You’re about to read the most amazing thank you note ever. But first some background:
For the past half a year, I’ve been involved in the most amazing theater project. A brand new theater company, the Women’s Performance Community of Jerusalem, put on Count the Stars, an original musical by and for women. The musical is based on the journey of Abraham and Sarah, the Jewish patriarch and matriarch. We women of Jerusalem and Greater Jerusalem, rehearsed twice a week, week in and week out, for six months at the OU Israel Center.
During this time, the cast, comprised of women and girls of all ages, forged a powerful bond. Most of us had performed in a variety of shows through the years, but never did we experience such unity as we did this time around. There was just something special here. Something remarkable.
One cast member thought it was about the lack of ego among the performers. I thought it was about the dynamism of one of the founders of the performance company, Sharon Katz. Or perhaps it was about the fact that we were doing something totally new in theater, something new and Jewish, and doing it in the heart of the holy city of Jerusalem.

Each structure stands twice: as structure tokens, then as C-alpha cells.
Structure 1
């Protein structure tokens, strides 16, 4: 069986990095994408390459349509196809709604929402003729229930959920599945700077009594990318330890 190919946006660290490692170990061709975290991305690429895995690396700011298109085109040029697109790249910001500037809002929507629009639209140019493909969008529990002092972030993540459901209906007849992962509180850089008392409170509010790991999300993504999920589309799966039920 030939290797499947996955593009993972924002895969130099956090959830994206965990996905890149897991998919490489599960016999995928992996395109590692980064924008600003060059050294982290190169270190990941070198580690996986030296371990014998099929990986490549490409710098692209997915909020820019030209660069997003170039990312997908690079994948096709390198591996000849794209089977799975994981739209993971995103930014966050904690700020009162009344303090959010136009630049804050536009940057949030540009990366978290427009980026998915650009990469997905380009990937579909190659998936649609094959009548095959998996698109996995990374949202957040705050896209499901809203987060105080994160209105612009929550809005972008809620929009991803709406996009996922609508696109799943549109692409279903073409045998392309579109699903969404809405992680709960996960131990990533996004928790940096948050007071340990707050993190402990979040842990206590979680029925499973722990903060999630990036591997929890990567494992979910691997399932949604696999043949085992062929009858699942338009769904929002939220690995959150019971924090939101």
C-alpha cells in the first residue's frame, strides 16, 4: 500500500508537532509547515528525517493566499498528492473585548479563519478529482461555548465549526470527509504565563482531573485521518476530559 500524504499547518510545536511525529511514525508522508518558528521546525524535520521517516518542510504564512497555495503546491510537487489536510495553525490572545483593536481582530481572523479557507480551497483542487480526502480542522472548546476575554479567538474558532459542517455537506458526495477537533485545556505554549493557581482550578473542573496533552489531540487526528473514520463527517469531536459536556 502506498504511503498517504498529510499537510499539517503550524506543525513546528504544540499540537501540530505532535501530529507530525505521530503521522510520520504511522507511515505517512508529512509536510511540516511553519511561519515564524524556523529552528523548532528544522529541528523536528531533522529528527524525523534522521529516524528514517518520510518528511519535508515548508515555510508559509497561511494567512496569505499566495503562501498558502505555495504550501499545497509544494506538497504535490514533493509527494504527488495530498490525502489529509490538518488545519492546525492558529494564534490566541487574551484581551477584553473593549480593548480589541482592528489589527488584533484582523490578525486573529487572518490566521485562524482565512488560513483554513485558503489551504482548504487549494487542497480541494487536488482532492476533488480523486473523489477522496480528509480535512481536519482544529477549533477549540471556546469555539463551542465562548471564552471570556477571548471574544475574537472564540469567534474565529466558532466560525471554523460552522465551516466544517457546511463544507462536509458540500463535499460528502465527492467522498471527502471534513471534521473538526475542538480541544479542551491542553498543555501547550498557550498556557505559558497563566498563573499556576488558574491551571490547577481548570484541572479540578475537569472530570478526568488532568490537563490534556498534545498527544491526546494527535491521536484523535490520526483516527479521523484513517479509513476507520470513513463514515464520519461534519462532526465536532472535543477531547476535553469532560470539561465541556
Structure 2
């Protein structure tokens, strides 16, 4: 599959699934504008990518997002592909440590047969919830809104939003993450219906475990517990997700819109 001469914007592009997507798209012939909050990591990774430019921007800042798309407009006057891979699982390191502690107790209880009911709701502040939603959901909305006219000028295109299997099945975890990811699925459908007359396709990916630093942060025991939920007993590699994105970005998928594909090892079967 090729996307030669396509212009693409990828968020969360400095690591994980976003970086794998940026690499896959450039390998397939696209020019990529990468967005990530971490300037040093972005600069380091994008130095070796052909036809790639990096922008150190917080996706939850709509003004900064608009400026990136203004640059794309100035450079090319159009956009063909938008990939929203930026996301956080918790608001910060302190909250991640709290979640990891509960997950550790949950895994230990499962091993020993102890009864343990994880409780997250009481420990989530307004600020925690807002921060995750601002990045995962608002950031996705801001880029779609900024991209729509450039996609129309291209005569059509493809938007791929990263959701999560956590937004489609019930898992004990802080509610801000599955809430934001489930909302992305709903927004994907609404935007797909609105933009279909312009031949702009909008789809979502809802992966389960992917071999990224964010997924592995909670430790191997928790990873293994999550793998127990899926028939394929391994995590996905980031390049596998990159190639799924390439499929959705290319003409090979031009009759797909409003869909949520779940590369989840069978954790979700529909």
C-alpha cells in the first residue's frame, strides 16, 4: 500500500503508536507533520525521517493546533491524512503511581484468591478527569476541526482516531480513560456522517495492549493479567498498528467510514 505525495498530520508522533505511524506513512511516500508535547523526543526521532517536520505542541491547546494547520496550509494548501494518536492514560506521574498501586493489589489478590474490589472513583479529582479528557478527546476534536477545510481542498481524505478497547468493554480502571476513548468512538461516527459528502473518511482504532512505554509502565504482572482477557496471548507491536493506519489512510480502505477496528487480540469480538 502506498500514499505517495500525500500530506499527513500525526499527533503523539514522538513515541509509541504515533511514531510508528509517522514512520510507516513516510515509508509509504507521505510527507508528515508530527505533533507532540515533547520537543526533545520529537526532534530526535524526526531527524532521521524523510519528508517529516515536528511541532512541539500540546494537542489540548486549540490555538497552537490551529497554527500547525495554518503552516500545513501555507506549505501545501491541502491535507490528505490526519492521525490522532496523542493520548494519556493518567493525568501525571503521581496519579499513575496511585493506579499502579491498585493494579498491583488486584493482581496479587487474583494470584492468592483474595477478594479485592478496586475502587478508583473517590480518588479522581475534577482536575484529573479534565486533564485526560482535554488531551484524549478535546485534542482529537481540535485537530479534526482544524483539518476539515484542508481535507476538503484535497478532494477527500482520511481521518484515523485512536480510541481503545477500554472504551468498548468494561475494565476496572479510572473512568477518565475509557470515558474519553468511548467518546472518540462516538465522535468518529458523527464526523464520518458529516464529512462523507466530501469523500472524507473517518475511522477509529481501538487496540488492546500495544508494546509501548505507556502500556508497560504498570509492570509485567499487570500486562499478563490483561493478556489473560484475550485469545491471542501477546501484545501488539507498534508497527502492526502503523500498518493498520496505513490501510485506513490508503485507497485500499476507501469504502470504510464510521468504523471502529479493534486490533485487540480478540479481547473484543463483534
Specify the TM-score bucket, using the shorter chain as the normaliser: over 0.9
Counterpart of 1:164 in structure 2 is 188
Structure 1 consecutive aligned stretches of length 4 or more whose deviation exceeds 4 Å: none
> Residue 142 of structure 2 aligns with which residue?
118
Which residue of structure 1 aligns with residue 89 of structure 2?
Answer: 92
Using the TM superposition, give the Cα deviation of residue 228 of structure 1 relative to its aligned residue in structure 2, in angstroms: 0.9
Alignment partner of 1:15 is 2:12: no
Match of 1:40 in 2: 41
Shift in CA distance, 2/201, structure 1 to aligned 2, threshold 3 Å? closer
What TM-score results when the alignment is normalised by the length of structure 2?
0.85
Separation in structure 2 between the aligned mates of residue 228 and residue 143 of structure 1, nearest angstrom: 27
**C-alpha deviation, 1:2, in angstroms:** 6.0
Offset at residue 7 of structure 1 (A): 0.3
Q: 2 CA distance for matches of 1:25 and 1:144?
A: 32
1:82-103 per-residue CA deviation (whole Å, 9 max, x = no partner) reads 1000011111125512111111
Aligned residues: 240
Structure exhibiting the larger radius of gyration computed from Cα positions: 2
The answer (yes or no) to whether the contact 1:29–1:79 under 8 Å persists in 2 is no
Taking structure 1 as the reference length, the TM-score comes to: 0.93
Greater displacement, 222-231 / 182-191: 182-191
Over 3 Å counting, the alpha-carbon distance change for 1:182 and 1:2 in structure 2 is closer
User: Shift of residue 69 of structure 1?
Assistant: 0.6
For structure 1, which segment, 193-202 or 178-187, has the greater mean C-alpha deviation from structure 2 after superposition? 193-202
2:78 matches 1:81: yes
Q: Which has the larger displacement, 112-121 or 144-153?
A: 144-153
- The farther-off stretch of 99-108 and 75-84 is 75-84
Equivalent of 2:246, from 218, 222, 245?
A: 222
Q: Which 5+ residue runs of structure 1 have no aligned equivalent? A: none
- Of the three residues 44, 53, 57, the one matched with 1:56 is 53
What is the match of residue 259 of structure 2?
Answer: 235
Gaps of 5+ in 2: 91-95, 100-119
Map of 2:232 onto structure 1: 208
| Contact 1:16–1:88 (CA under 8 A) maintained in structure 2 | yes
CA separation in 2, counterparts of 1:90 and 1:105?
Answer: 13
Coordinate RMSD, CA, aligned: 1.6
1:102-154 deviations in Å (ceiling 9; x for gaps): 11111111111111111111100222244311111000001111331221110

Whatever it was, that special something, and whatever the reason for it, it continues. We had our four performances at the Gerard Behar Theater. We had our cast party at the OU Center. And still, we’re just not ready or willing to say goodbye. That’s why we have a Chanukah party scheduled. We don’t want to see the holy atmosphere, the Jewish sisterhood we found here in Jerusalem, to dissipate.
This is something that must be nurtured, treasured, and indulged.
Now I’d like to say that even though I have a full time job, I felt pretty free to pick up and leave for rehearsals at the end of a work day. My kids are older. They can fend for themselves. I don’t know if I could have managed if they were younger. It was a big sacrifice for the women in our cast who are still raising young children. Or rather, it was a big sacrifice for their husbands.